Money Can’t Buy Me Love by Bill Storie
Remember that Beatles song?
“… I’ll buy you diamonds ring my friend If it makes you feel alright. I’ll get you anything my friend If it makes you feel alright ‘C.ause I don’t care too much for money, Money can’t buy me love.”
Yet, I was watching a television study yesterday where the host went up to people in the street and said, “If I gave you this pile of money what would you buy?”
Apart from the usual answers of booze and ice cream, the predominant answer was NOT to buy big ticket items (the money was not that large certainly, but it was the concept that was being tested). Nobody indicated they would buy a new vacuum or fridge or even a car.
So, what did they want?
The answer was TIME.
Yup, time. In other words, they would use the money to get help to do the house cleaning, or the garden, or wash the car – to give themselves some free time where they could do whatever they wanted. If they wanted to snooze or go for a bath or read a book, that was what they wanted.
In today’s hurly-burly life, it seems the thing most people want is an opportunity to chill. So, if they can pay someone else to do some of their everyday chores, they would do that willingly and with immense pleasure.
Not really surprising.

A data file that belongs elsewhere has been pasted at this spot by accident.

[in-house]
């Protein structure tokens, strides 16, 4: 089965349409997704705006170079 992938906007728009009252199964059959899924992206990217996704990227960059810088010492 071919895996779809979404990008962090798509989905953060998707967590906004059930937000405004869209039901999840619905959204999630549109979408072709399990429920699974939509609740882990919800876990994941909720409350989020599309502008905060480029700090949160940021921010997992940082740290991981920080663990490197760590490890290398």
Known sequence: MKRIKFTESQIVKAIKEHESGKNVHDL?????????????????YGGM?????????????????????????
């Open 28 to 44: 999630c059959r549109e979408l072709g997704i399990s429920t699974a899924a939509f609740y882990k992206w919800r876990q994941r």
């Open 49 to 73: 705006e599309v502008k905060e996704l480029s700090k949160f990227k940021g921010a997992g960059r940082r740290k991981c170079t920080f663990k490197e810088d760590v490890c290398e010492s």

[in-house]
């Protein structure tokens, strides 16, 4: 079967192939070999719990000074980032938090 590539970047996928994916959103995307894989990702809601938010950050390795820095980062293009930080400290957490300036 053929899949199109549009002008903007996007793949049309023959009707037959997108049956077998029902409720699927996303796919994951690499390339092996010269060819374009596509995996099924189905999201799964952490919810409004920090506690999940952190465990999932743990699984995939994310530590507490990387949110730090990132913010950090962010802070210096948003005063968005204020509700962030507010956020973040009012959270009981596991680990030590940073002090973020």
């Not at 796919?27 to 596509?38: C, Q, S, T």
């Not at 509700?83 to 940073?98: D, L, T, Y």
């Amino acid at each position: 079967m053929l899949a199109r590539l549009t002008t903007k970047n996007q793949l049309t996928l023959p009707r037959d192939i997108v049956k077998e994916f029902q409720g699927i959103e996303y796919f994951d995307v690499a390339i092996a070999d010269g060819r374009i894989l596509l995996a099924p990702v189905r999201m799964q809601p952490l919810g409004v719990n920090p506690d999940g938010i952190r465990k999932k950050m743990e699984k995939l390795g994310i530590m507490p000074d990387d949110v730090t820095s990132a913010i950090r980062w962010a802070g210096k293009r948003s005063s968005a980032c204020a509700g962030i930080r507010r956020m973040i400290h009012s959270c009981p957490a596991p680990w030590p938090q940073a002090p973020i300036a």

So, what’s my point?
Most people, during their working years yearn for the day when they can do whatever they want. In fact, they look forward to the day when they can do nothing and take all day to do it. They can’t wait. Retirement can’t come soon enough for those folks.
They retire and love it for a few weeks then wham!
“Is this it? What do I do now? What will I do today?
In fact, if I get out of bed what will I do this morning?”
Maybe a slight exaggeration but you get the idea.
They have so much time on their hands, yet they have very little idea what to do with it. They don’t have a plan. They may be financially secure but they forgot to create a “What will I do plan?”
For years, they wanted someone else to do the house cleaning, but now that they have all the time in the world they still can’t be bothered. Hmmm.
The other angle on this is of course the “splurge” factor.
The retirement years are meant to be the time when you enjoy the luxuries of life. No problem with that. The question however is whether your desperation to splurge is financially wise. Oh sure, the cruise around the world sounded great ten years ago, and still sounds wonderful, but the notion isn’t as acute as it was back then. Now you are paying close attention to cost. In fact, the splurge factor diminishes dramatically in retirement.
If I gave you a hundred dollars what would you do with it?
If I gave you a thousand dollars what would you do with it?
If I gave you a million dollars, what am I thinking about ...
Being gifted a truckload of money sounds like a great idea but go ask those who have won lotteries and so forth what changes it made to them.
I bet you’ll find they crave their “old” life back, in the majority of cases. They didn’t know what to spend it on. Seriously. They bought a new house and anew car and a nice holiday then were left wondering what to do with the rest of it. They also didn’t factor in the interest they were gathering. They’d spent a ton of money and yet still had about the same as when they started. Go figure.
I ask the question, “Can money buy you happiness?”
Think about it.
p.s. By the way, I don’t have a million dollars to give you so forget that idea !!
By Bill Storie